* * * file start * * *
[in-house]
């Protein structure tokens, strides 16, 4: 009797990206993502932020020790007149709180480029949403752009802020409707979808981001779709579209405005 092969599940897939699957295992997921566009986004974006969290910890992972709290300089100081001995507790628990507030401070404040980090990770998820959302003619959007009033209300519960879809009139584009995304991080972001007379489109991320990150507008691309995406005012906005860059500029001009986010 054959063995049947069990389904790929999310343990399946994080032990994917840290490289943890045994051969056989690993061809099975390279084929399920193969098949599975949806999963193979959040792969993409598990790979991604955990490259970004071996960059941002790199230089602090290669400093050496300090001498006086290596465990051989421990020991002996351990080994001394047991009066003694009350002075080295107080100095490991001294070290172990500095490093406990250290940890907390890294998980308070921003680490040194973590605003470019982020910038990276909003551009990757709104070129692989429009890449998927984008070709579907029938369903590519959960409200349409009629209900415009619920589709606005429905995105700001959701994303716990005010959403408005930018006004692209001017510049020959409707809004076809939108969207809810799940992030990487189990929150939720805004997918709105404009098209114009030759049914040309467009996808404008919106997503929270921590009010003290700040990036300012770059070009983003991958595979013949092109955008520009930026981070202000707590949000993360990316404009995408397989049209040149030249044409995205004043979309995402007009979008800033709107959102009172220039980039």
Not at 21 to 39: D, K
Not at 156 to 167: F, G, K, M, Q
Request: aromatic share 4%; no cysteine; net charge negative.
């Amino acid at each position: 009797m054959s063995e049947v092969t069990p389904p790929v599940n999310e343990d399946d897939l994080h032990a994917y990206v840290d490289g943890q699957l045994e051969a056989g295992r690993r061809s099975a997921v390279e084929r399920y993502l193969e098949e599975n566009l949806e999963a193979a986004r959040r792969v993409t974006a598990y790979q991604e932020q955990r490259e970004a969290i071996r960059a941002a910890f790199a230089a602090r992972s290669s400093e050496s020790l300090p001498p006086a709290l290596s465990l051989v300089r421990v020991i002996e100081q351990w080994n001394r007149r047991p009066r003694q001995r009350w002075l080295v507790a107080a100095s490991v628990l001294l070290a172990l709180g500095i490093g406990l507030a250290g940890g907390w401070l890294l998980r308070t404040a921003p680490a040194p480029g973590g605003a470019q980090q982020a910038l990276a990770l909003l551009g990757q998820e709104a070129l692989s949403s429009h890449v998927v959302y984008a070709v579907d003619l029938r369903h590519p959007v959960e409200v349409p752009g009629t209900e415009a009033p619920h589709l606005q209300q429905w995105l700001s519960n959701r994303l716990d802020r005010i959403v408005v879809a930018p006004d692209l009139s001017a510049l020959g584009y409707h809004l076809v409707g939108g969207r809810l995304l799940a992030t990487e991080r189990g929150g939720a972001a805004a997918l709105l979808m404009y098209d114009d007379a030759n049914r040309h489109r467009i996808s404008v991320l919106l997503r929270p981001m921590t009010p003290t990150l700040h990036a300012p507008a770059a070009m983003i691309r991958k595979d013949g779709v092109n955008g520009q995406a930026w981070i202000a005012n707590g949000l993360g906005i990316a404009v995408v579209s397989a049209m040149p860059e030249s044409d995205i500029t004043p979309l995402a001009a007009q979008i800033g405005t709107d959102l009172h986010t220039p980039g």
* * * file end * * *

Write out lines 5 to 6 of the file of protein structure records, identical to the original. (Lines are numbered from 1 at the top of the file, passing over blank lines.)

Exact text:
Request: aromatic share 4%; no cysteine; net charge negative.
């Amino acid at each position: 009797m054959s063995e049947v092969t069990p389904p790929v599940n999310e343990d399946d897939l994080h032990a994917y990206v840290d490289g943890q699957l045994e051969a056989g295992r690993r061809s099975a997921v390279e084929r399920y993502l193969e098949e599975n566009l949806e999963a193979a986004r959040r792969v993409t974006a598990y790979q991604e932020q955990r490259e970004a969290i071996r960059a941002a910890f790199a230089a602090r992972s290669s400093e050496s020790l300090p001498p006086a709290l290596s465990l051989v300089r421990v020991i002996e100081q351990w080994n001394r007149r047991p009066r003694q001995r009350w002075l080295v507790a107080a100095s490991v628990l001294l070290a172990l709180g500095i490093g406990l507030a250290g940890g907390w401070l890294l998980r308070t404040a921003p680490a040194p480029g973590g605003a470019q980090q982020a910038l990276a990770l909003l551009g990757q998820e709104a070129l692989s949403s429009h890449v998927v959302y984008a070709v579907d003619l029938r369903h590519p959007v959960e409200v349409p752009g009629t209900e415009a009033p619920h589709l606005q209300q429905w995105l700001s519960n959701r994303l716990d802020r005010i959403v408005v879809a930018p006004d692209l009139s001017a510049l020959g584009y409707h809004l076809v409707g939108g969207r809810l995304l799940a992030t990487e991080r189990g929150g939720a972001a805004a997918l709105l979808m404009y098209d114009d007379a030759n049914r040309h489109r467009i996808s404008v991320l919106l997503r929270p981001m921590t009010p003290t990150l700040h990036a300012p507008a770059a070009m983003i691309r991958k595979d013949g779709v092109n955008g520009q995406a930026w981070i202000a005012n707590g949000l993360g906005i990316a404009v995408v579209s397989a049209m040149p860059e030249s044409d995205i500029t004043p979309l995402a001009a007009q979008i800033g405005t709107d959102l009172h986010t220039p980039g």